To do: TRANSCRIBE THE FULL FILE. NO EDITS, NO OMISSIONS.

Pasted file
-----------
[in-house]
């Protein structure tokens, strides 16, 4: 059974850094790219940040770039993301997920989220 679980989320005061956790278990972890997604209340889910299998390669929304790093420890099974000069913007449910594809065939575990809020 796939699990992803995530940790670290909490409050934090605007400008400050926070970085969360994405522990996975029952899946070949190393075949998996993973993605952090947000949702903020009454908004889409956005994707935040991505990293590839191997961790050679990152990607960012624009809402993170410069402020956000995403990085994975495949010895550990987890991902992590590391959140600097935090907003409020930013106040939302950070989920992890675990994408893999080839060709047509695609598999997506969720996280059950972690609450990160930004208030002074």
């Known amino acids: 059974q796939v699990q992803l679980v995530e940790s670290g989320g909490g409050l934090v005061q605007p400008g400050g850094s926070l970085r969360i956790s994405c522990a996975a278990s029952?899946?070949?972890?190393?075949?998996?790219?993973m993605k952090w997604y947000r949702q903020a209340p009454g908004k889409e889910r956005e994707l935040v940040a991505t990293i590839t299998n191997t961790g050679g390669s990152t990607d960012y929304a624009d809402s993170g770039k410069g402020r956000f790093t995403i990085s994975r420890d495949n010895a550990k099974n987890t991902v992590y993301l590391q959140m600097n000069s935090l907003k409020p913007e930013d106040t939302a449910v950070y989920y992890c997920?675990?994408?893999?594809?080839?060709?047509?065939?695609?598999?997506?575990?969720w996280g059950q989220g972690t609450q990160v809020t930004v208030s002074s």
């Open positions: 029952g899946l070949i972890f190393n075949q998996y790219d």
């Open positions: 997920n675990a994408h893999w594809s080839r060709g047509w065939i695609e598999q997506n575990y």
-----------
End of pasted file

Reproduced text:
[in-house]
């Protein structure tokens, strides 16, 4: 059974850094790219940040770039993301997920989220 679980989320005061956790278990972890997604209340889910299998390669929304790093420890099974000069913007449910594809065939575990809020 796939699990992803995530940790670290909490409050934090605007400008400050926070970085969360994405522990996975029952899946070949190393075949998996993973993605952090947000949702903020009454908004889409956005994707935040991505990293590839191997961790050679990152990607960012624009809402993170410069402020956000995403990085994975495949010895550990987890991902992590590391959140600097935090907003409020930013106040939302950070989920992890675990994408893999080839060709047509695609598999997506969720996280059950972690609450990160930004208030002074």
């Known amino acids: 059974q796939v699990q992803l679980v995530e940790s670290g989320g909490g409050l934090v005061q605007p400008g400050g850094s926070l970085r969360i956790s994405c522990a996975a278990s029952?899946?070949?972890?190393?075949?998996?790219?993973m993605k952090w997604y947000r949702q903020a209340p009454g908004k889409e889910r956005e994707l935040v940040a991505t990293i590839t299998n191997t961790g050679g390669s990152t990607d960012y929304a624009d809402s993170g770039k410069g402020r956000f790093t995403i990085s994975r420890d495949n010895a550990k099974n987890t991902v992590y993301l590391q959140m600097n000069s935090l907003k409020p913007e930013d106040t939302a449910v950070y989920y992890c997920?675990?994408?893999?594809?080839?060709?047509?065939?695609?598999?997506?575990?969720w996280g059950q989220g972690t609450q990160v809020t930004v208030s002074s």
């Open positions: 029952g899946l070949i972890f190393n075949q998996y790219d």
């Open positions: 997920n675990a994408h893999w594809s080839r060709g047509w065939i695609e598999q997506n575990y």